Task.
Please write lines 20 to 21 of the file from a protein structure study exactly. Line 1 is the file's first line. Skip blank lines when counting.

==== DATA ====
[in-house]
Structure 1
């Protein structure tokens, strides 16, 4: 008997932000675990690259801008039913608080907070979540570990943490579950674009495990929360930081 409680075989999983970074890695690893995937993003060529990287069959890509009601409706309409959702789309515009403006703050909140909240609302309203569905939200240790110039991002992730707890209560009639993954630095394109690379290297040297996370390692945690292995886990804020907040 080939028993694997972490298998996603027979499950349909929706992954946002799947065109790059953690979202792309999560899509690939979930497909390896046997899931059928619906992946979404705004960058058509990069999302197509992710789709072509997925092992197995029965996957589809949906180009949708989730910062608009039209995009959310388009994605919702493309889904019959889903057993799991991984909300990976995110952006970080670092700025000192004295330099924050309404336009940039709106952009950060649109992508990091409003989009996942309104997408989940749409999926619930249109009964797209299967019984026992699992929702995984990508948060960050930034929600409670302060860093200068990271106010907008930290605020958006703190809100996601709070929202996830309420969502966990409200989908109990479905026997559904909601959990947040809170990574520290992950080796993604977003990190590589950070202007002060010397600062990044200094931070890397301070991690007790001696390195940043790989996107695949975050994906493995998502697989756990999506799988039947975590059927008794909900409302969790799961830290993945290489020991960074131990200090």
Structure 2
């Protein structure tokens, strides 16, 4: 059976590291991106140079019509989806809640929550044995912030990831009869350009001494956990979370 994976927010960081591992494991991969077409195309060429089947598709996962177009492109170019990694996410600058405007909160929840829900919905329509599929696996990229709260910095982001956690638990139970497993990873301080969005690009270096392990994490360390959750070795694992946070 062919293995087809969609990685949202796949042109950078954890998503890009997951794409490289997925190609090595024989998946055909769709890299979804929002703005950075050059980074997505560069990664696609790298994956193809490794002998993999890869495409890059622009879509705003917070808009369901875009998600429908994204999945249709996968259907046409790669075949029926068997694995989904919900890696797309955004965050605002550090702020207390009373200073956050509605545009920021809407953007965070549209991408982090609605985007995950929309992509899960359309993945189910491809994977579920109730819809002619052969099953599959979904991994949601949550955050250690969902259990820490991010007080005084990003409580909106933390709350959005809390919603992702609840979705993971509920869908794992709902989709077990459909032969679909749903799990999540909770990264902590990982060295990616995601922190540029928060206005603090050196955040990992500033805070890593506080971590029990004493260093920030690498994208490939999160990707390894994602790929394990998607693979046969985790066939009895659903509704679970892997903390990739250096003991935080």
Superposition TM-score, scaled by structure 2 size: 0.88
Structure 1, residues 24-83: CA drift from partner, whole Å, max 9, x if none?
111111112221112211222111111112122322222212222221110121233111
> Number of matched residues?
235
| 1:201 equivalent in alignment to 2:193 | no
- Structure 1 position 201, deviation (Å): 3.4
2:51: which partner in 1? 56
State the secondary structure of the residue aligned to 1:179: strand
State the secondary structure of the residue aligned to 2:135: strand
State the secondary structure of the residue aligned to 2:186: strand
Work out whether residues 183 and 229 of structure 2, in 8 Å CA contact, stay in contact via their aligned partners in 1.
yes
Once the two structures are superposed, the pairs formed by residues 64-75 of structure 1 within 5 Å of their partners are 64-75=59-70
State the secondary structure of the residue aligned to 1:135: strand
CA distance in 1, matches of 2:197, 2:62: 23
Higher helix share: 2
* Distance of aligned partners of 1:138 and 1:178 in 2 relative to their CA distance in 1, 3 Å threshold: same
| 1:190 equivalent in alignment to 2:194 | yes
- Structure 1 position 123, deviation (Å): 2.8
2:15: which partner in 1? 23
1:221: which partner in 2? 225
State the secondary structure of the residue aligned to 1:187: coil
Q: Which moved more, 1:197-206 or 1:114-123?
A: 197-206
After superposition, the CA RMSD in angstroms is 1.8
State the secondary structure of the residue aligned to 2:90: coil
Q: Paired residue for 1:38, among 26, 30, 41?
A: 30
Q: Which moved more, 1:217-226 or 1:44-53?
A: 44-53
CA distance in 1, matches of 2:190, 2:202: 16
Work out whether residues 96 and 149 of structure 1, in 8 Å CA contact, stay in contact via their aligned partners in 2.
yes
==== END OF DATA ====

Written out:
State the secondary structure of the residue aligned to 1:135: strand
CA distance in 1, matches of 2:197, 2:62: 23